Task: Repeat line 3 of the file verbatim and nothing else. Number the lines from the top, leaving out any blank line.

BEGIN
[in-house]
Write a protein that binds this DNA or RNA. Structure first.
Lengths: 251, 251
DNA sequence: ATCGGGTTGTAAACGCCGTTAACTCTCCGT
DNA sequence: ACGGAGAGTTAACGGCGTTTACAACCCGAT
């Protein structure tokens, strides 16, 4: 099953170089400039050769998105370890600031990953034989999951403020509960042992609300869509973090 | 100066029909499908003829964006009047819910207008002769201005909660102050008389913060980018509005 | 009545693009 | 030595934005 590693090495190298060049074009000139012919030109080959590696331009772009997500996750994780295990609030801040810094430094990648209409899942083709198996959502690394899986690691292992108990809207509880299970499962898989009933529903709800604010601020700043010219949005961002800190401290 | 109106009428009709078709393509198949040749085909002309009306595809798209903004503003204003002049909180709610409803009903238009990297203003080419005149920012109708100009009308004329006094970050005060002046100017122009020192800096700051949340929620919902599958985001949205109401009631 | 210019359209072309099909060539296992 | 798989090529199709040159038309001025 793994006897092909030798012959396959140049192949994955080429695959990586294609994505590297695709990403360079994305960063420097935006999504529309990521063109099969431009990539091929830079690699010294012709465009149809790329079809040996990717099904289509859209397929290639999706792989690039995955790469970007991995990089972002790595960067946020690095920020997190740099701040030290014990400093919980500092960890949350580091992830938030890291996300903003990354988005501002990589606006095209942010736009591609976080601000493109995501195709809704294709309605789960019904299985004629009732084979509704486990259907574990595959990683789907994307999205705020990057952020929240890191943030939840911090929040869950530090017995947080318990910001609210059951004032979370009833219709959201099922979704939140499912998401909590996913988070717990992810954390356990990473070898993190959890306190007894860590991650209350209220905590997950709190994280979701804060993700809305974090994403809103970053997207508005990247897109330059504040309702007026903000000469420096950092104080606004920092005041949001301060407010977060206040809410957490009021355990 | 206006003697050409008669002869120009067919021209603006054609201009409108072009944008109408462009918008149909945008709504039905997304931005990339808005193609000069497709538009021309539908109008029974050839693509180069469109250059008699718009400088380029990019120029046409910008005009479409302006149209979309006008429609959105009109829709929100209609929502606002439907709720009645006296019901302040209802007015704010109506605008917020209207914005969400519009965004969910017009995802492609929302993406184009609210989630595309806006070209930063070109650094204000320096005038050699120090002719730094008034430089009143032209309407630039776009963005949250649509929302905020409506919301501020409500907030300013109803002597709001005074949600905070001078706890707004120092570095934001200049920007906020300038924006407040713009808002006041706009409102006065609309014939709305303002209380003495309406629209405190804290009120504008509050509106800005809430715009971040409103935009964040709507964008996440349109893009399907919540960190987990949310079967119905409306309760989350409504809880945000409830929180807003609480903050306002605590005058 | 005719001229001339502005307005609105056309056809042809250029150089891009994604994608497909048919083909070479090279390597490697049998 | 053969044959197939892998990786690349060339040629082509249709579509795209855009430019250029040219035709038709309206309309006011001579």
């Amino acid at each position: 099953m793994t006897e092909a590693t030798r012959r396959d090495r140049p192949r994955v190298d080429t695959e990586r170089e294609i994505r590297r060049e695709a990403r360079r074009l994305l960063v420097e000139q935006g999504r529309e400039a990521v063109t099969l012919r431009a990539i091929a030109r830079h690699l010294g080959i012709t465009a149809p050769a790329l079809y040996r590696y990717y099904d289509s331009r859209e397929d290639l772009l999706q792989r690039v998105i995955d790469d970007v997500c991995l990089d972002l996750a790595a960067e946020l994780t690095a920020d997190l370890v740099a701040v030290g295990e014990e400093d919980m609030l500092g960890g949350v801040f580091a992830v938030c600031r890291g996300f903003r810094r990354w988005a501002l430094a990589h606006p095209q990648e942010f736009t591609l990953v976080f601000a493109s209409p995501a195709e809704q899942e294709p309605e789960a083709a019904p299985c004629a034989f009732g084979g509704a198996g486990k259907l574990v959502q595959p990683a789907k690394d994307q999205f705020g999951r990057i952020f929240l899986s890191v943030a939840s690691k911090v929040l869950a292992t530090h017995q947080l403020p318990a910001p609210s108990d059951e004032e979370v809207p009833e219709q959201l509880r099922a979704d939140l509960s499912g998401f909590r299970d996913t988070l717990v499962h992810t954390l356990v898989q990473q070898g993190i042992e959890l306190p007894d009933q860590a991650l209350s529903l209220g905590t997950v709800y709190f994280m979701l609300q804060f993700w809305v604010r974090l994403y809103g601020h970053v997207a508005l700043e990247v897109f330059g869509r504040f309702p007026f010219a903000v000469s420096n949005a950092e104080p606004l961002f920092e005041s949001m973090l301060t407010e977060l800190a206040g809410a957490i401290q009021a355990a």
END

Lengths: 251, 251